5 day

Five-day trip from Kalamata

Point of Departure:



Tour of Kalamata

On March 23rd , 1821, Kalamata was peacefully liberated from the Ottomans. That afternoon, the people of Kalamata gathered outside the Church of the Holy Apostles by the river Nedontas to witness the first ever church service to be performed as a free people.

Leaders of the fight for independence, including Theodoros Kolokotronis, Anagnostaras, Nikitaras, Papaflessas and Petrobey Mavromichalis, as well as around 2000 fighters from Mani attended the ceremony. The Revolution was just beginning…


In the footsteps of the revolutionaries : Theodoros Kolokotronis, Dimitrios Papatsonis, Ioannis Dikaios, Iosif Androusis

During this tour you can visit the birthplaces, hiding places, strongholds, homes and execution sites of great fighters and political figures of the Revolution, such as Theodoros Kolokotronis (1770-1843), Dimitrios Papatsonis (d. 1798-1825), Ioannis Dikaios (d. 1825), Joseph the Bishop of Androusa  (1770-1844).


“When I entered Tripolitsa…”

Places connected to the siege of Tripolitsa and the man behind the liberation of the city, Theodoros Kolokotronis: Valtetsi, the place where the Greeks first defeated the Ottomans on the battlefield (12th – 13th May, 1821);

Kolokotronis’ seat, where the Old Man of Morias oversaw the siege of  Tripoli as it was being besieged (June – 23 September, 1821); Tripoli and the public monuments in the city that commemorate and honor the heroes of Independence.


“My beloved Nafplio…”

30th November 1822. Nafplio was liberated after a many-month long siege. Not through a direct attack, but secretly and silently.

On a rainy, moonless night, the Greeks caught wind that the besieged Ottomans inside had left one side of the castle unguarded. This was due to the extreme deprivation and hardships on the inside, forcing most of the Ottomans to be caught off guard . It was θνδερ these circumstances that Staikos Staikopoulos led 350 fighters plus 30 German philhellenes on the front line. They climbed ladders up the castle walls to enter Palamidi Fortress, passing one fortification after another without much resistance. The next morning, on the day of Saint Andrew, cannon fire was heard as the blue and white flag of Greece was raised over the city. This is where some of the most fascinating and formative events in modern Greek history   would take place . The reclaiming of Nafplio was a truly important event, “un événement majeur”, as Ioannis Kapodistrias described in a letter to his brother just a month and a half later. Unlike other Greek cities, Nafplio was never recaptured by the Ottomans.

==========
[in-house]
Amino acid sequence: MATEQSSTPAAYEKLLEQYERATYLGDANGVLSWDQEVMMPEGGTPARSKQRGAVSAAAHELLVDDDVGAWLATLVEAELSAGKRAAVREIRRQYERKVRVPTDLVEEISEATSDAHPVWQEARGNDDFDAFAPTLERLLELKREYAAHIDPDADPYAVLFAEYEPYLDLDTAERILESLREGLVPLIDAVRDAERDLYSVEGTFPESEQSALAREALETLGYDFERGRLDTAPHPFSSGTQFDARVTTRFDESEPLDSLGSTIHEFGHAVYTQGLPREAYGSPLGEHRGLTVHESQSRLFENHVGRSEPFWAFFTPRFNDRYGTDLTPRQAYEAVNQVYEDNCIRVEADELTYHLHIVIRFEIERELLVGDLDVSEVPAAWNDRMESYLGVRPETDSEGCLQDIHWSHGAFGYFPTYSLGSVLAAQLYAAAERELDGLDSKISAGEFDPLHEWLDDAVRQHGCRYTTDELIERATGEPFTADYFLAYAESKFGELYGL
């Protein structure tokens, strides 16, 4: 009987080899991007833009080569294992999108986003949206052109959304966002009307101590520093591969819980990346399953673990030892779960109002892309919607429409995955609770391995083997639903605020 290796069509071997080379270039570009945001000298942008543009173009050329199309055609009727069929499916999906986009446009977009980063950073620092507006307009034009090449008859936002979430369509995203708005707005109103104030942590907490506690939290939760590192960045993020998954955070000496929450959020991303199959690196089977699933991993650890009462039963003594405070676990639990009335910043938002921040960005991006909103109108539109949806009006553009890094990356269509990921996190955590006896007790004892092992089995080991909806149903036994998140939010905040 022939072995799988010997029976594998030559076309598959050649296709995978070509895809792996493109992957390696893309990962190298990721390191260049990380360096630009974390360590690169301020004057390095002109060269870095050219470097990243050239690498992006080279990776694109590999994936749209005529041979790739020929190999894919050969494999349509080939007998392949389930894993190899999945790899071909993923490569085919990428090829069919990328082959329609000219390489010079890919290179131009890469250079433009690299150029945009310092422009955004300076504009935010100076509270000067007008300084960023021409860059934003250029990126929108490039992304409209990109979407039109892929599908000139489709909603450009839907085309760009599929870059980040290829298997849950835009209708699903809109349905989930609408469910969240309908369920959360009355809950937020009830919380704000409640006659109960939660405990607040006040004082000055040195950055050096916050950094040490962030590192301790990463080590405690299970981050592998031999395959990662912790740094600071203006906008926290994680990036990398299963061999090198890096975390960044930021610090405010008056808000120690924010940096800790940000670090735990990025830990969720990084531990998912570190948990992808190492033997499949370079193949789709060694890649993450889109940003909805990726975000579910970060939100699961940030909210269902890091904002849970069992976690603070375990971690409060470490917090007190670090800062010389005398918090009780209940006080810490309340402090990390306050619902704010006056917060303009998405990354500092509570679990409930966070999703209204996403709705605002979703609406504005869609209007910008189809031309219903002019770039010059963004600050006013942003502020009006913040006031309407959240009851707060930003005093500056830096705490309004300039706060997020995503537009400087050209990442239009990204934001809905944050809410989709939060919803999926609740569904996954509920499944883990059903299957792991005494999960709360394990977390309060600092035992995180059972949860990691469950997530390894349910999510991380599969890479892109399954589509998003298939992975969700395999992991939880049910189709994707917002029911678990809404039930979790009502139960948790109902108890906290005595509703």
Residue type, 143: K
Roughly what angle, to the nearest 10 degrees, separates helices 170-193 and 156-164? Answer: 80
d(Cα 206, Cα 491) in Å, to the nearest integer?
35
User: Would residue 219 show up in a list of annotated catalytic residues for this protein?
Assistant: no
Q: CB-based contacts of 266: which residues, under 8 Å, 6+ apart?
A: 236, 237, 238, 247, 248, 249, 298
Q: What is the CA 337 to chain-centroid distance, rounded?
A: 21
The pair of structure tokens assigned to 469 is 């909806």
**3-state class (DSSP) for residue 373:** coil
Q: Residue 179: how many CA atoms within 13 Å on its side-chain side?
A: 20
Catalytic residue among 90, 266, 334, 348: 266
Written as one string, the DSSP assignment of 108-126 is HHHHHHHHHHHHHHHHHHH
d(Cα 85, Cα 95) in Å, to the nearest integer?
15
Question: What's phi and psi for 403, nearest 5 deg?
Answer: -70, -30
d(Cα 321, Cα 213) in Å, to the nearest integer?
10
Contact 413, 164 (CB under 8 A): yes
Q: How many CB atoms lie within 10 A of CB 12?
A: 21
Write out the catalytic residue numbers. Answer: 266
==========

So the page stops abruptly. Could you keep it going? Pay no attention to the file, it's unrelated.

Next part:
The birth of the blue and white flag,The disaster of Dramali’s

Places and monuments connected with important events of the first two years of the Greek Revolution: The First National Assembly at Epidaurus (20th December 1821 – 15th January 1822); the handing over of the Acrocorinth to the Greeks and the presence of the Greek government in Corinth (January – May 1821); Dramali’s expedition and defeat in the Peloponnese (July – November 1822).